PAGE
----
Can you become a Personal Trainer in your 30s? It may seem a bit unfair, but most don’t discover our true passion early in life. We go through our teenage years and generally finish Year 12 with no idea what career we should pursue. After uni, we typically spend our twenties in occupations that pay the bills. But before you know it, years pass by, and suddenly, you’re in your thirties. By then, if you’re lucky, you’ve found your passion—but the question arises: is it too late for me to change careers? Should I really be starting something new?
Is It Too Late To Become a Personal Trainer?
There are many reasons to follow your dreams at any point in your life. Only by living a purpose-lead, meaningful life can we be content and fulfilled. Work that you feel passionate about is one of the keys to long-term happiness. But can you hack it in your 30s, or did you miss the boat? And if your passion is fitness, and you’ve had thoughts about becoming a personal trainer. You may be plagued with thoughts about competing with trainers in their 20s—who may have already been on the job for years.
If you’ve been facing that dilemma, here’s some excellent news for you. According to the latest data available from AusActive, the average age of a personal trainer is 31. That data is several years old, and trends suggest that the average age has likely increased since that report.
Being a personal trainer can be a life-long career if you’re professional and passionate. Of course, some trainers are professionals who started on their path in their early twenties. However, it’s likely that just as many started in their 30s or later. Many of these “older” personal trainers are likely to be active well into their fifties and sixties, reflecting the general trend. As in most developed nations, Australia’s population is aging due to increasing life expectancy.
Benefits of Starting Later
There are actually benefits to starting your personal trainer career a bit later. Life experience can’t be taught. It comes with age and can give you a serious advantage over younger personal trainers. Being slightly older is likely to make you more organised and focused. By your thirties, you have a good idea of your strengths and weaknesses and (with work) can manage them to your advantage.
Most clients will be predisposed to take a slightly older personal trainer more seriously—maturity lends some added authority. And at that age, most of us likely know what we want and are more willing to stick to it and see it through until we reach success. That kind of tenacity and drive are invaluable qualities for a personal trainer. If you’re considering personal training as a career change, you’re likely to be into fitness already and have spent years working out. You’ve seen what works and what doesn’t and picked up all kinds of insights that someone younger—even if they’re a trained personal trainer—may not have had time to acquire.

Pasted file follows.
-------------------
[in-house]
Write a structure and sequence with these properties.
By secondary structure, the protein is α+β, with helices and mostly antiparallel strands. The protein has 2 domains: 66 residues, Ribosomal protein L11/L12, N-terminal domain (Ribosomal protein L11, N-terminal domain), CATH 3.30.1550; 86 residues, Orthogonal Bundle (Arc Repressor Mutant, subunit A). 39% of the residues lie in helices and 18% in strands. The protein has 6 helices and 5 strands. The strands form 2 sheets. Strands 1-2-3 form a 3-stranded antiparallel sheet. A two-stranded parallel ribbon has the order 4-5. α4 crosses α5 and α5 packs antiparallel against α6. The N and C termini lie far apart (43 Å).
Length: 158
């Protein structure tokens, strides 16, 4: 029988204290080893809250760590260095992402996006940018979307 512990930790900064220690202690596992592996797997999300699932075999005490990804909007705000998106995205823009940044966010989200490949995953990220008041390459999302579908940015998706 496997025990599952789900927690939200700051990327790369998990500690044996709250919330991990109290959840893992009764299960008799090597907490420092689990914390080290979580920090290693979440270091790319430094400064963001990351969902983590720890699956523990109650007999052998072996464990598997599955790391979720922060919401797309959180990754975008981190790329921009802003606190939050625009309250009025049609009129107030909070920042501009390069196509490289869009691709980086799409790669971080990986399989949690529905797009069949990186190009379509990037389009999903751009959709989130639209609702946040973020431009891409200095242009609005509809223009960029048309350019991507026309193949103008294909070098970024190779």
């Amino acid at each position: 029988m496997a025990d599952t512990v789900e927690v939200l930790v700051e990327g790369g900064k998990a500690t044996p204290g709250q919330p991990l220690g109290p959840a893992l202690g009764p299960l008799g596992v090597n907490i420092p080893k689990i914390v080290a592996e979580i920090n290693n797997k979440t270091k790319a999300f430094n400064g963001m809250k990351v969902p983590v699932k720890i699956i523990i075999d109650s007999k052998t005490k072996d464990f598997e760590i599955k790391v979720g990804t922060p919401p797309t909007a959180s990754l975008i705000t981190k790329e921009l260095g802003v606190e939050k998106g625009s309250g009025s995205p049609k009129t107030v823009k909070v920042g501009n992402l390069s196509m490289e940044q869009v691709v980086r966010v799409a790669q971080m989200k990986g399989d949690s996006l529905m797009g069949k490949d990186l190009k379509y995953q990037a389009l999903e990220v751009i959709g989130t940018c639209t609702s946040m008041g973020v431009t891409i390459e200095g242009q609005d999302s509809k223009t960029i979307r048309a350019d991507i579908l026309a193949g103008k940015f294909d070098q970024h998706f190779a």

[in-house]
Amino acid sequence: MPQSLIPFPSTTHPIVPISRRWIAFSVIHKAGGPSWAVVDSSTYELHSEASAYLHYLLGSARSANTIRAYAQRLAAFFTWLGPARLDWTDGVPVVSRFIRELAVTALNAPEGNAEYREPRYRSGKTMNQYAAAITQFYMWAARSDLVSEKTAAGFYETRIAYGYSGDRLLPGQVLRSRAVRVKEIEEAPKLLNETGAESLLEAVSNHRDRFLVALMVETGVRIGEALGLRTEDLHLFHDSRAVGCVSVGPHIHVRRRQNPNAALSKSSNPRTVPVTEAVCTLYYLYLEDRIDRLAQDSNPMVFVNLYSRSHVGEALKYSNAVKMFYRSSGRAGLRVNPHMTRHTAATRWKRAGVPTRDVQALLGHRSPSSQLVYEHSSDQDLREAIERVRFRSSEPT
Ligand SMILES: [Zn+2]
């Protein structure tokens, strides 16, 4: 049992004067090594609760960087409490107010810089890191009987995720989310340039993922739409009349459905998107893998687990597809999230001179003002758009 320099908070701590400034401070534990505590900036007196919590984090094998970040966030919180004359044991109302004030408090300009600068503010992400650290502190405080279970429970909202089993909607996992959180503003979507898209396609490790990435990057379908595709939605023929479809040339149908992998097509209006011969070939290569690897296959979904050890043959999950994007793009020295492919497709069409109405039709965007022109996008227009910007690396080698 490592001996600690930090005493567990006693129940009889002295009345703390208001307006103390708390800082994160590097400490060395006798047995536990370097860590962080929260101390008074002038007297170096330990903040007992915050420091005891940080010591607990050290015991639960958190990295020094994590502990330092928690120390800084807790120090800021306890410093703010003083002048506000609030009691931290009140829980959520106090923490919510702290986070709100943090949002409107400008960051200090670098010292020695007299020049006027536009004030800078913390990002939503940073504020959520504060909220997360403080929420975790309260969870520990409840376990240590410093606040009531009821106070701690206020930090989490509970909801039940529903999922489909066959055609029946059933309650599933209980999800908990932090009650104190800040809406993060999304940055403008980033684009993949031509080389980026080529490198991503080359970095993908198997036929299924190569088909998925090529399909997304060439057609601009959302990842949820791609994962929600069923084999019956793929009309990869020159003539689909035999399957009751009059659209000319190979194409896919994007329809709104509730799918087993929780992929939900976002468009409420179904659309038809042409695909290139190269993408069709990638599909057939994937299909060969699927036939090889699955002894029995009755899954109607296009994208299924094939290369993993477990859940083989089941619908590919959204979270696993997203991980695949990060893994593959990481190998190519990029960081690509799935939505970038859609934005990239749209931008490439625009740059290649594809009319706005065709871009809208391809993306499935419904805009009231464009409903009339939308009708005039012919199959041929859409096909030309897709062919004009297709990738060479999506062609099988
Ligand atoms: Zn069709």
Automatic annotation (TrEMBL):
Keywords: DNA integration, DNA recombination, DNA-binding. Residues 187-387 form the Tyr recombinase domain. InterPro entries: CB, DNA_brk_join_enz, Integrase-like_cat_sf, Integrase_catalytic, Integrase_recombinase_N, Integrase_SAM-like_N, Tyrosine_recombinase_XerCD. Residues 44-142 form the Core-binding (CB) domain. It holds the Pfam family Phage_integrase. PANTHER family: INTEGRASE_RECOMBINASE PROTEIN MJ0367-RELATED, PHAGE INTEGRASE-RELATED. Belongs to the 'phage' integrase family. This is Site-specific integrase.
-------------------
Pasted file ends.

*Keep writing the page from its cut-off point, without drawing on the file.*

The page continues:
Many of your potential clients will be in their thirties, forties, or even older. The average age of a gym-goer is likely much higher than you might think. It makes sense when you think about it—who can afford private personal trainer sessions, and who has the available time? Clients in well-established careers with solid income streams, and of course retirees who have ample free time to get a workout or five in each week. These older clients will prefer to have someone a little more senior training them most of the time.
Challenges to Starting in Your 30s
There may be some slight disadvantages to starting your personal trainer career later. By the time most of us are in our thirties, there’s a fairly good chance that we have more commitments. We may have family or other responsibilities which could limit our time. Perhaps this will make you think twice before pursuing a fitness career, but should it? Almost certainly not. Gym owners have identified the trend in older gym-goers, and are looking for more mature personal trainers to meet the demands of that demographic.
You’re likely to start with clients around your age and will be able to prepare training and nutritional plans which are applicable for them, as they’re likely similar to your own. An older person will often have fitness goals that are different to those of a younger person. You’re likely to find it easier to build rapport with older clients, as you’ll have more understanding of their age-related limitations and concerns, and again: you’ll be able to offer experience younger personal trainers won’t have.
Becoming a personal trainer in your 30s—or even older is not only realistic, but it also has its perks. The best way to get started is to consult with a knowledgeable professional about your goals and to begin pursuing a Certificate III in Fitness. There’s no finer place to do that than the Personal Training Academy, where dedicated fitness pros will be able to guide you, step by step, toward your goal of becoming a personal trainer.